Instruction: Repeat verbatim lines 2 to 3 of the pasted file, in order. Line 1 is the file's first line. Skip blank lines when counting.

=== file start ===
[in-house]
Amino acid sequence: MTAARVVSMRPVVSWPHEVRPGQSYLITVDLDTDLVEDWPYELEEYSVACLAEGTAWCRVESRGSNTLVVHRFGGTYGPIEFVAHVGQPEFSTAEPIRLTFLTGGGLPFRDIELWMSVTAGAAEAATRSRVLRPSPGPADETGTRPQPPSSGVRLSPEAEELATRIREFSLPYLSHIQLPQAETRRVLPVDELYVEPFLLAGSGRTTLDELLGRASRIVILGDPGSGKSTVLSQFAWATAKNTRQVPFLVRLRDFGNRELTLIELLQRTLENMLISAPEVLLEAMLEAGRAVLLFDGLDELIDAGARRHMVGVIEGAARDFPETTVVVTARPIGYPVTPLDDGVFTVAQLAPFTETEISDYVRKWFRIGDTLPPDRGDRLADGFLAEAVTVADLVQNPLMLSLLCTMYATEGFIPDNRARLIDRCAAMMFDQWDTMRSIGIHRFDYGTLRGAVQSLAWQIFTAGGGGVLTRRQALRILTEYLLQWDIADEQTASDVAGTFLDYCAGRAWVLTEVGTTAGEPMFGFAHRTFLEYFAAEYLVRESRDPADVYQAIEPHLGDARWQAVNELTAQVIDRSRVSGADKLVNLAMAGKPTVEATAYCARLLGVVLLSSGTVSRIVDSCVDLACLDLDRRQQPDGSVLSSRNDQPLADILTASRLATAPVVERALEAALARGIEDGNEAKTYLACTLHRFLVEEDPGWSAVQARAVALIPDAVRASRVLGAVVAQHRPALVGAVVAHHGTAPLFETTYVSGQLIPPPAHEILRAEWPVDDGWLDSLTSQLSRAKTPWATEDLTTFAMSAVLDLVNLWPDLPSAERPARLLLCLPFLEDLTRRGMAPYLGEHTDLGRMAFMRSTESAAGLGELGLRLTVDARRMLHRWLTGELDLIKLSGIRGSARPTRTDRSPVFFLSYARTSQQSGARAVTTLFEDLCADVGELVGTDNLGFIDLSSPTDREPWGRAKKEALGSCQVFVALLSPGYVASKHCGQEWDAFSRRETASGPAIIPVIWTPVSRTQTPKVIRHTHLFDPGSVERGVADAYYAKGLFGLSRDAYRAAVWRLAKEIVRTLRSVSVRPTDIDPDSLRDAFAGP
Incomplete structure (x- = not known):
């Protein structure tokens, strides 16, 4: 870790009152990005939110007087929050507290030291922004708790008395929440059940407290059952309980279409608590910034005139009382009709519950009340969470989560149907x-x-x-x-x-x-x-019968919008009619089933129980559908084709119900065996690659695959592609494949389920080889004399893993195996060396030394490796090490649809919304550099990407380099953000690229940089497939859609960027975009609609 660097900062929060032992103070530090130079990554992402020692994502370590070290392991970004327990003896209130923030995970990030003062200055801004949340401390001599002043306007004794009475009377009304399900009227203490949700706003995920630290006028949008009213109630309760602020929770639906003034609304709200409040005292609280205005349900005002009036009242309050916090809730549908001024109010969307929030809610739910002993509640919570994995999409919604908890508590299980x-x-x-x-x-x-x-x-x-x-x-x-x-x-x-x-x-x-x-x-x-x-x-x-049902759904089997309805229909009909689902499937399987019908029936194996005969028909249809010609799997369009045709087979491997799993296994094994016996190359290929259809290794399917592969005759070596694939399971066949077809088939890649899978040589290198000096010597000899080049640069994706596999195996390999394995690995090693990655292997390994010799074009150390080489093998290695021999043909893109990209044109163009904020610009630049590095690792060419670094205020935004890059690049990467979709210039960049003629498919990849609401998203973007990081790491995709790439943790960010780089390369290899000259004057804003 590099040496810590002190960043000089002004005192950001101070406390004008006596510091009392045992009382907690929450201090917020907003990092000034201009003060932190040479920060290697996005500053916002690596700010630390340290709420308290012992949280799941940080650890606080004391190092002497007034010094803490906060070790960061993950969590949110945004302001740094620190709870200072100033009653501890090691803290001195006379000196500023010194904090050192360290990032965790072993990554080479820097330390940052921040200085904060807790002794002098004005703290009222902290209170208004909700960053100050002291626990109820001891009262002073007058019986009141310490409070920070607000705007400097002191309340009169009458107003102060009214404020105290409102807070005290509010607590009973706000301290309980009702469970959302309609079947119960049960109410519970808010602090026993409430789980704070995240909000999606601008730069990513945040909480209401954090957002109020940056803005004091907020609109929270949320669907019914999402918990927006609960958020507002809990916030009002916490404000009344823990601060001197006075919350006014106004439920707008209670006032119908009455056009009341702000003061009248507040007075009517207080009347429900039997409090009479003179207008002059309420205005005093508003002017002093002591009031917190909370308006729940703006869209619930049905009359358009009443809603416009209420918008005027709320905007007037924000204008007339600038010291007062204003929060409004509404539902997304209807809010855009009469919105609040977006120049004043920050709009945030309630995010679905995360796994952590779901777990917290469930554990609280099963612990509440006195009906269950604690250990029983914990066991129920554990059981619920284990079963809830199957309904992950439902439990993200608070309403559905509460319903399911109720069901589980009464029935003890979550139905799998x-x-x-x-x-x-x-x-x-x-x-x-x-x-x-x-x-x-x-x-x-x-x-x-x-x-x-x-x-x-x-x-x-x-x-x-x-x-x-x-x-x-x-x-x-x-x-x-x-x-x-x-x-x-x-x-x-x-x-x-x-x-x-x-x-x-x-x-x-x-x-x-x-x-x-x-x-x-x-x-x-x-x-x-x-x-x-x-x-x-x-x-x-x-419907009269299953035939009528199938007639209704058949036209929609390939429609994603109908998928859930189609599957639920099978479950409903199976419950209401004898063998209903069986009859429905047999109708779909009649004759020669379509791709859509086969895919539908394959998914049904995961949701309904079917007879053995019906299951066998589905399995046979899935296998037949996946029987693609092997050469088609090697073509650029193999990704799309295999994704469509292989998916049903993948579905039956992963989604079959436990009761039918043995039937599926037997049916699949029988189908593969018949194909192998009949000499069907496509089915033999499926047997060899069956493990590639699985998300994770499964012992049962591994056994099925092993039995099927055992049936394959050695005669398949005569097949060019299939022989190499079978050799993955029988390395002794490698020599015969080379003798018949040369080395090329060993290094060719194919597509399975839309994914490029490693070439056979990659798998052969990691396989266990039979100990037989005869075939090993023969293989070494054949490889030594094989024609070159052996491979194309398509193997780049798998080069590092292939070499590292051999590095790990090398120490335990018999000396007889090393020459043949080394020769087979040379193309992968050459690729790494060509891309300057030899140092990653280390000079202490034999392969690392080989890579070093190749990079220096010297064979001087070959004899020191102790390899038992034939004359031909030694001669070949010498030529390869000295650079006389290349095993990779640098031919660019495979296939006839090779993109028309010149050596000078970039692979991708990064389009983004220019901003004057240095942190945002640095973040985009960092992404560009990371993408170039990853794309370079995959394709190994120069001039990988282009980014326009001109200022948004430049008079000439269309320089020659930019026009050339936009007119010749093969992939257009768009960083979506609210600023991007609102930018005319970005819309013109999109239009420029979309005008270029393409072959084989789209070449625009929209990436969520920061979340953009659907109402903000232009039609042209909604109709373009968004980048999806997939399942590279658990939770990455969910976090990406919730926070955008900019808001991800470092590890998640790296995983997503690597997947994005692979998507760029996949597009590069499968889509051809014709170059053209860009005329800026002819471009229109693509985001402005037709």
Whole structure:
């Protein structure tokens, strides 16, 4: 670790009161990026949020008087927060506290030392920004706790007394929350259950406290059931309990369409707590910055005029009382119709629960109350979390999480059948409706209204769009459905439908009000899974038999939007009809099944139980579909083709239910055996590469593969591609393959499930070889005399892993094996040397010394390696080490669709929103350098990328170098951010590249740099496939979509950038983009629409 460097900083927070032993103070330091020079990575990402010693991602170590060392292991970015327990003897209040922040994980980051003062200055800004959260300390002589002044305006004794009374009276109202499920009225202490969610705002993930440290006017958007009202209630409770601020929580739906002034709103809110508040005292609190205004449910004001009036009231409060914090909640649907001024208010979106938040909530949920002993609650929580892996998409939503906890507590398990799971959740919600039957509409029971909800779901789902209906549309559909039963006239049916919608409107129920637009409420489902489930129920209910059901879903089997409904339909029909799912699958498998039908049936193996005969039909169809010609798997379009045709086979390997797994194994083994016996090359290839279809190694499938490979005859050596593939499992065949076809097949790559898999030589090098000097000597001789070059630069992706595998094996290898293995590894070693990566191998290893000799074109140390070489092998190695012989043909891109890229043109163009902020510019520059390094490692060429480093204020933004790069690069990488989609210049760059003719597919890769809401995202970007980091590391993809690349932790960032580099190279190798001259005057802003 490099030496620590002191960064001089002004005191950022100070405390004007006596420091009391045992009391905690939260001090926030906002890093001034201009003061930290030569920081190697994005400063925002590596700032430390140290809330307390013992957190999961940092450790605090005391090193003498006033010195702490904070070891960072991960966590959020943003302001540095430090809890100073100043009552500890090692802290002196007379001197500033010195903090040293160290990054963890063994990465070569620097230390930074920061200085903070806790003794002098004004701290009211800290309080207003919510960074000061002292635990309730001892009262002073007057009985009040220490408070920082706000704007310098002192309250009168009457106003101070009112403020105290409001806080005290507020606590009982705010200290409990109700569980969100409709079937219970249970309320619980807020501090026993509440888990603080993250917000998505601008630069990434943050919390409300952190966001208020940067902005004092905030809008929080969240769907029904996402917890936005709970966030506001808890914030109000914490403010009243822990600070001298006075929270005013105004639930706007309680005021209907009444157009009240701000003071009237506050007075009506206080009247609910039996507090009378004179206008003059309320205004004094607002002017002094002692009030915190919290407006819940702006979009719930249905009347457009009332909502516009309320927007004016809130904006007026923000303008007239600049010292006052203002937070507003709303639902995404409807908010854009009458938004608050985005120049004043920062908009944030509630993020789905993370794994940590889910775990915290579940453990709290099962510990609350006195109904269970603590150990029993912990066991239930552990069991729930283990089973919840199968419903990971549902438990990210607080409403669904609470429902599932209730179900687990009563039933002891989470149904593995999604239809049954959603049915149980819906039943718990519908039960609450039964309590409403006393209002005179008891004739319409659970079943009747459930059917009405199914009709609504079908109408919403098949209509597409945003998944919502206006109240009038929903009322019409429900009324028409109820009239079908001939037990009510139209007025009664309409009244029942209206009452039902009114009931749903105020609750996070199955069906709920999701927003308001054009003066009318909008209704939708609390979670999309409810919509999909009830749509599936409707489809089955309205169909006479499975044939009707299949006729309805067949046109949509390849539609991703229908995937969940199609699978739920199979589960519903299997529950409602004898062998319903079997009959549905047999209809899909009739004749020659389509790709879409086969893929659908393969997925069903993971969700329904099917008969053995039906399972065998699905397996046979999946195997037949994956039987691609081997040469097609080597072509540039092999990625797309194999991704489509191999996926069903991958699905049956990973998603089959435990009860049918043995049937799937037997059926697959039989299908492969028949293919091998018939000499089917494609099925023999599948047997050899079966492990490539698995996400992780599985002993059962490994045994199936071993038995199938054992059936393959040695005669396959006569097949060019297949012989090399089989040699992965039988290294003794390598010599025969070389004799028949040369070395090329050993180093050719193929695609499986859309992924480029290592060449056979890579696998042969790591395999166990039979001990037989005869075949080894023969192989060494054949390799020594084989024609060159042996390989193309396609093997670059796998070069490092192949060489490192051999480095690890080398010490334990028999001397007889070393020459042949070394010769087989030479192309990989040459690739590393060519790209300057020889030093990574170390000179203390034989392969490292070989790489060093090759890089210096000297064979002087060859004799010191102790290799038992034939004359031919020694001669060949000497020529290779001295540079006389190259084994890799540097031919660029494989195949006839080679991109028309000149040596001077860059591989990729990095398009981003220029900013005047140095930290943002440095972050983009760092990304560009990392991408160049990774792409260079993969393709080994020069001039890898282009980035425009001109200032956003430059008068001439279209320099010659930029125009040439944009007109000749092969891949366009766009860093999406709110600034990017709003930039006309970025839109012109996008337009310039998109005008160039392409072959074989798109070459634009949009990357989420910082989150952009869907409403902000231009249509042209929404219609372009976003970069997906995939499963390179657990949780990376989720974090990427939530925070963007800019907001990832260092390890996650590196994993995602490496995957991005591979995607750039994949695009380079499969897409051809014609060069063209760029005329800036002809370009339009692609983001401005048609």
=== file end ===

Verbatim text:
Amino acid sequence: MTAARVVSMRPVVSWPHEVRPGQSYLITVDLDTDLVEDWPYELEEYSVACLAEGTAWCRVESRGSNTLVVHRFGGTYGPIEFVAHVGQPEFSTAEPIRLTFLTGGGLPFRDIELWMSVTAGAAEAATRSRVLRPSPGPADETGTRPQPPSSGVRLSPEAEELATRIREFSLPYLSHIQLPQAETRRVLPVDELYVEPFLLAGSGRTTLDELLGRASRIVILGDPGSGKSTVLSQFAWATAKNTRQVPFLVRLRDFGNRELTLIELLQRTLENMLISAPEVLLEAMLEAGRAVLLFDGLDELIDAGARRHMVGVIEGAARDFPETTVVVTARPIGYPVTPLDDGVFTVAQLAPFTETEISDYVRKWFRIGDTLPPDRGDRLADGFLAEAVTVADLVQNPLMLSLLCTMYATEGFIPDNRARLIDRCAAMMFDQWDTMRSIGIHRFDYGTLRGAVQSLAWQIFTAGGGGVLTRRQALRILTEYLLQWDIADEQTASDVAGTFLDYCAGRAWVLTEVGTTAGEPMFGFAHRTFLEYFAAEYLVRESRDPADVYQAIEPHLGDARWQAVNELTAQVIDRSRVSGADKLVNLAMAGKPTVEATAYCARLLGVVLLSSGTVSRIVDSCVDLACLDLDRRQQPDGSVLSSRNDQPLADILTASRLATAPVVERALEAALARGIEDGNEAKTYLACTLHRFLVEEDPGWSAVQARAVALIPDAVRASRVLGAVVAQHRPALVGAVVAHHGTAPLFETTYVSGQLIPPPAHEILRAEWPVDDGWLDSLTSQLSRAKTPWATEDLTTFAMSAVLDLVNLWPDLPSAERPARLLLCLPFLEDLTRRGMAPYLGEHTDLGRMAFMRSTESAAGLGELGLRLTVDARRMLHRWLTGELDLIKLSGIRGSARPTRTDRSPVFFLSYARTSQQSGARAVTTLFEDLCADVGELVGTDNLGFIDLSSPTDREPWGRAKKEALGSCQVFVALLSPGYVASKHCGQEWDAFSRRETASGPAIIPVIWTPVSRTQTPKVIRHTHLFDPGSVERGVADAYYAKGLFGLSRDAYRAAVWRLAKEIVRTLRSVSVRPTDIDPDSLRDAFAGP
Incomplete structure (x- = not known):